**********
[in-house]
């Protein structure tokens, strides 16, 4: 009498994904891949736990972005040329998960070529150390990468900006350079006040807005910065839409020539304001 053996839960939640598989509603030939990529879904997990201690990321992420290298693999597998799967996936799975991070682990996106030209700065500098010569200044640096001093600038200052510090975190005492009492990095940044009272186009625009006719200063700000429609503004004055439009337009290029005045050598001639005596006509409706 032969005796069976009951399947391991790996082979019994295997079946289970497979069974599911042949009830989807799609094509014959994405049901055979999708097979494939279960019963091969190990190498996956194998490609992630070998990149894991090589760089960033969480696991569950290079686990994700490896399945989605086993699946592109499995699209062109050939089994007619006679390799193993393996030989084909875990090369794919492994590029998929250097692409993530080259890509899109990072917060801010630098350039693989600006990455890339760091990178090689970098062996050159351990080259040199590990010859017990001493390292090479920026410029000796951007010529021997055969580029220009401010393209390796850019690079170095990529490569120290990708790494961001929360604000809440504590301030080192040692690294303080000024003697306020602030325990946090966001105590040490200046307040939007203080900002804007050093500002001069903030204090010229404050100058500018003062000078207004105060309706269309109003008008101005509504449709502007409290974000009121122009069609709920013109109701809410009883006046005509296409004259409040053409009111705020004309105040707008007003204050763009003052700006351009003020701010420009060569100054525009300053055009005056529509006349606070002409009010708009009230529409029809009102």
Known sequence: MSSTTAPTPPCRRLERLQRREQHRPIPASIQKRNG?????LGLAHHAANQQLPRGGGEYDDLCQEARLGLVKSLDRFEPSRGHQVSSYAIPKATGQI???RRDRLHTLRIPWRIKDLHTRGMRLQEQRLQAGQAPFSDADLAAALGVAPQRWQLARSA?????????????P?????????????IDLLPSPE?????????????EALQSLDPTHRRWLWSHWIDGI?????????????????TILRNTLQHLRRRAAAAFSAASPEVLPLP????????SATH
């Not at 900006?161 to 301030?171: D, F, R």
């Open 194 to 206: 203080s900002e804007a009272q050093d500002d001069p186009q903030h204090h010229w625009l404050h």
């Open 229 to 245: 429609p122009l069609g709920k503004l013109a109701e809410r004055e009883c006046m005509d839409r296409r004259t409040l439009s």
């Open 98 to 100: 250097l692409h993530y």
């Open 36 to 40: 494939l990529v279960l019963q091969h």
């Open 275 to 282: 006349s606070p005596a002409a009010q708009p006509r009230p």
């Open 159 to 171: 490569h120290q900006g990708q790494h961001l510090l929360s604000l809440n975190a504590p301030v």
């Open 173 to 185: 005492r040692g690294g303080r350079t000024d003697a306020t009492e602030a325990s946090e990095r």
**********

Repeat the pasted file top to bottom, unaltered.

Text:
[in-house]
């Protein structure tokens, strides 16, 4: 009498994904891949736990972005040329998960070529150390990468900006350079006040807005910065839409020539304001 053996839960939640598989509603030939990529879904997990201690990321992420290298693999597998799967996936799975991070682990996106030209700065500098010569200044640096001093600038200052510090975190005492009492990095940044009272186009625009006719200063700000429609503004004055439009337009290029005045050598001639005596006509409706 032969005796069976009951399947391991790996082979019994295997079946289970497979069974599911042949009830989807799609094509014959994405049901055979999708097979494939279960019963091969190990190498996956194998490609992630070998990149894991090589760089960033969480696991569950290079686990994700490896399945989605086993699946592109499995699209062109050939089994007619006679390799193993393996030989084909875990090369794919492994590029998929250097692409993530080259890509899109990072917060801010630098350039693989600006990455890339760091990178090689970098062996050159351990080259040199590990010859017990001493390292090479920026410029000796951007010529021997055969580029220009401010393209390796850019690079170095990529490569120290990708790494961001929360604000809440504590301030080192040692690294303080000024003697306020602030325990946090966001105590040490200046307040939007203080900002804007050093500002001069903030204090010229404050100058500018003062000078207004105060309706269309109003008008101005509504449709502007409290974000009121122009069609709920013109109701809410009883006046005509296409004259409040053409009111705020004309105040707008007003204050763009003052700006351009003020701010420009060569100054525009300053055009005056529509006349606070002409009010708009009230529409029809009102």
Known sequence: MSSTTAPTPPCRRLERLQRREQHRPIPASIQKRNG?????LGLAHHAANQQLPRGGGEYDDLCQEARLGLVKSLDRFEPSRGHQVSSYAIPKATGQI???RRDRLHTLRIPWRIKDLHTRGMRLQEQRLQAGQAPFSDADLAAALGVAPQRWQLARSA?????????????P?????????????IDLLPSPE?????????????EALQSLDPTHRRWLWSHWIDGI?????????????????TILRNTLQHLRRRAAAAFSAASPEVLPLP????????SATH
């Not at 900006?161 to 301030?171: D, F, R």
């Open 194 to 206: 203080s900002e804007a009272q050093d500002d001069p186009q903030h204090h010229w625009l404050h």
């Open 229 to 245: 429609p122009l069609g709920k503004l013109a109701e809410r004055e009883c006046m005509d839409r296409r004259t409040l439009s």
């Open 98 to 100: 250097l692409h993530y």
């Open 36 to 40: 494939l990529v279960l019963q091969h």
């Open 275 to 282: 006349s606070p005596a002409a009010q708009p006509r009230p």
């Open 159 to 171: 490569h120290q900006g990708q790494h961001l510090l929360s604000l809440n975190a504590p301030v």
């Open 173 to 185: 005492r040692g690294g303080r350079t000024d003697a306020t009492e602030a325990s946090e990095r």